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Ac power source for PIC 22-v 50Hz

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Junior Member level 1
Jun 3, 2002
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Ac power source for PIC.

What kind of supply design is safety for pic from 220v 50 Hz ac lines.
I need of 5vdc and 30 mA for a 1 ms duration.

Thank advance.

My advice is to use a switching regulated power supply (buck converter)
I recommand you TOP family from P o w e r Integration, Inc. (h**p://w*

hi,just buy a 2w transformer,and then use a LM7805.these are very chip.the smps is more expensive,but more can use in a wide range input AC voltage and more efficiency.
good luck.

Ultra cheap design. Use a full wave rectifier to get dc and then a large resistor. If the current from your circuit is characterised you can select the resistor to give you the desired voltage. Be aware of transients! These can and will destroy a PIC.
A linear regulator off this supply could solve help this. Alternativelty use the above resistor/rectifier method and use a shunt regulator. These draw a constant current irrespective of load current.



Supply design depends on the accuracy and stability needed (and on other requirements too). Safety reasons do not demand isolation. SMPS for such a small power is throwing money away and lowering reliability. Mains transformer is also unnecessary if isolation is not required for some other reason than safety. Full wave rectifier and resistor in bagster's reply are good, but opposite order is more cheaper and reliable. Or, use just a diode-resistor series connection for rectification. Zener diode and electrolitic capacitor in parallel with PIC are inevitable, as your PIC obviously works in the pulse mode, otherwise the PIC would be polarized with mains voltage amplitude during sleep.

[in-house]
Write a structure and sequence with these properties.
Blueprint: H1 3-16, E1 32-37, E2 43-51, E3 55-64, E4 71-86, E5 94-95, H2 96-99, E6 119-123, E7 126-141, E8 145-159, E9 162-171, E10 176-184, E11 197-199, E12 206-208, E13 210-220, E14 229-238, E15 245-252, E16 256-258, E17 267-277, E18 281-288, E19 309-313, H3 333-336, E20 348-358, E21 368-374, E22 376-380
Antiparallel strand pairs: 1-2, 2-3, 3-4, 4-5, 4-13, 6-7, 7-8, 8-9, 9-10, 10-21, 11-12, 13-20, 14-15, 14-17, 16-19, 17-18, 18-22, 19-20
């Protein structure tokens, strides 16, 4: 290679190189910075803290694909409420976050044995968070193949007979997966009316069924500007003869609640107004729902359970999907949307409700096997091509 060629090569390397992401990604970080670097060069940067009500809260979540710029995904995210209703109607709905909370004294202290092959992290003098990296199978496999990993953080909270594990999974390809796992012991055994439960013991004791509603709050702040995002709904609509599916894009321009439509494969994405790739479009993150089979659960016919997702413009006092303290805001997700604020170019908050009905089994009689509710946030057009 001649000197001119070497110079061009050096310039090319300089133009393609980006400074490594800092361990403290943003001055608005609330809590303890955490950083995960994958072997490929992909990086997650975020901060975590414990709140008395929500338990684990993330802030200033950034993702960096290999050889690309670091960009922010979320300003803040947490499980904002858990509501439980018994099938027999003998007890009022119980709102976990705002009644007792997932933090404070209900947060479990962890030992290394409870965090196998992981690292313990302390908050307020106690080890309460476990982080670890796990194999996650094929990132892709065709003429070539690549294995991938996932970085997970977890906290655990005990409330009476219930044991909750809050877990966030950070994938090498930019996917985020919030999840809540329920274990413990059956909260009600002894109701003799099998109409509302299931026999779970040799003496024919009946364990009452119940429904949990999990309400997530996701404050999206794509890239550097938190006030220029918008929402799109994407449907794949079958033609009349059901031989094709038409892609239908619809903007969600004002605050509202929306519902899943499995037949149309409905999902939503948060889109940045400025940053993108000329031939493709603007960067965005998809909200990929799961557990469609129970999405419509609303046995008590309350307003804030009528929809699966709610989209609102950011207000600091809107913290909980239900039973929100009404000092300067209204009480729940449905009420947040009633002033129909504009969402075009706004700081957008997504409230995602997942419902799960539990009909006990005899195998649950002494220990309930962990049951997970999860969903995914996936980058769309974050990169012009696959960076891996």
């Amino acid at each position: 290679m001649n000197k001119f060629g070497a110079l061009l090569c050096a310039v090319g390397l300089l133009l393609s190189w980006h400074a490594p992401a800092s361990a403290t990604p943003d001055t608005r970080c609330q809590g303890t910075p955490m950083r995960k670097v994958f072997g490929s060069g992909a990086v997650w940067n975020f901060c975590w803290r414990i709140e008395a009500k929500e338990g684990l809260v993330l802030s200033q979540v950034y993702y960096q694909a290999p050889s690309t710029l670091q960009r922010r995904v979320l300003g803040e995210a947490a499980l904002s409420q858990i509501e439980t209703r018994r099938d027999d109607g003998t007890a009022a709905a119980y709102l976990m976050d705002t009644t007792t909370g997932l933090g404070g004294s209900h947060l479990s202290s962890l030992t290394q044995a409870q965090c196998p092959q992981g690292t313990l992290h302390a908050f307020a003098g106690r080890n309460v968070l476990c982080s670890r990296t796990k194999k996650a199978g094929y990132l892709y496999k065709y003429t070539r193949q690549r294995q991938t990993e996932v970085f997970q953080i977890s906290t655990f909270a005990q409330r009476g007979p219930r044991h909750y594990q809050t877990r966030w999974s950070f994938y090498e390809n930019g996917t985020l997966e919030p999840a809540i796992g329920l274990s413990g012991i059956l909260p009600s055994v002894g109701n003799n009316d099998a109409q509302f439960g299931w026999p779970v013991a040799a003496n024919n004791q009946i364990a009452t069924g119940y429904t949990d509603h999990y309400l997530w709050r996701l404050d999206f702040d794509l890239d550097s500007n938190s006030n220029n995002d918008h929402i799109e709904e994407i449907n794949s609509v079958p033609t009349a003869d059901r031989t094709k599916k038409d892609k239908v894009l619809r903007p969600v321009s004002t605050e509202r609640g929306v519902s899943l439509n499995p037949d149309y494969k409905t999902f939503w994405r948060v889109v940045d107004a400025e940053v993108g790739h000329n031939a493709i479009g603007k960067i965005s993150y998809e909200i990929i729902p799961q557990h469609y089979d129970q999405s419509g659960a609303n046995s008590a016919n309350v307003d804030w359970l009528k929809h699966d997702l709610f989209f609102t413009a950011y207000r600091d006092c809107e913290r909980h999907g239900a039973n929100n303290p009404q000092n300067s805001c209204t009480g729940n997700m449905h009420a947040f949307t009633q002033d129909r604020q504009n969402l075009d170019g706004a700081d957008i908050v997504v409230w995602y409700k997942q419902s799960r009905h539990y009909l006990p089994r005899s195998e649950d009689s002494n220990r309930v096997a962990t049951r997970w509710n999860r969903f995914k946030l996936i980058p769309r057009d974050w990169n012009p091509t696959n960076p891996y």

For higher power, use capacitor instead of the resistor.

As I already wrote in my reply to your previous post, you can find usefull info in app notes of ST and Phillips.



An other option would be to use a .1 to .33/400v polyester cap in series with the mains, a diode (IN4007) and a 3-4 k /1w current limiting resistor in series. After that you can shunt it with a zener (5v1) and filter cap (220/10) to produce the required voltage. This way you can avoid the high wattage resistor needed to make the drop.


Ooopps... Sorry didn't fully read the previous reply, as the cap was mentioned.
I'll leave it though as I have some practical values to use if you decide to go this way.

:sm2: Work very good with

In the circuit you have, the zener needs to be placed after the rectifier.



In that case you have to use the rectifier of the bridge type, to allow for the AC current through the 220nF capacitor.


Hi all,

I think it's enough to put zener diode after D1 (if not voltage at C2 will be 4volt). At the positive cicle C2 will be charged with 4,7v (defined by the zener). At negative cycle D1 it's opened and C2 will maintain the load (4,7 v).


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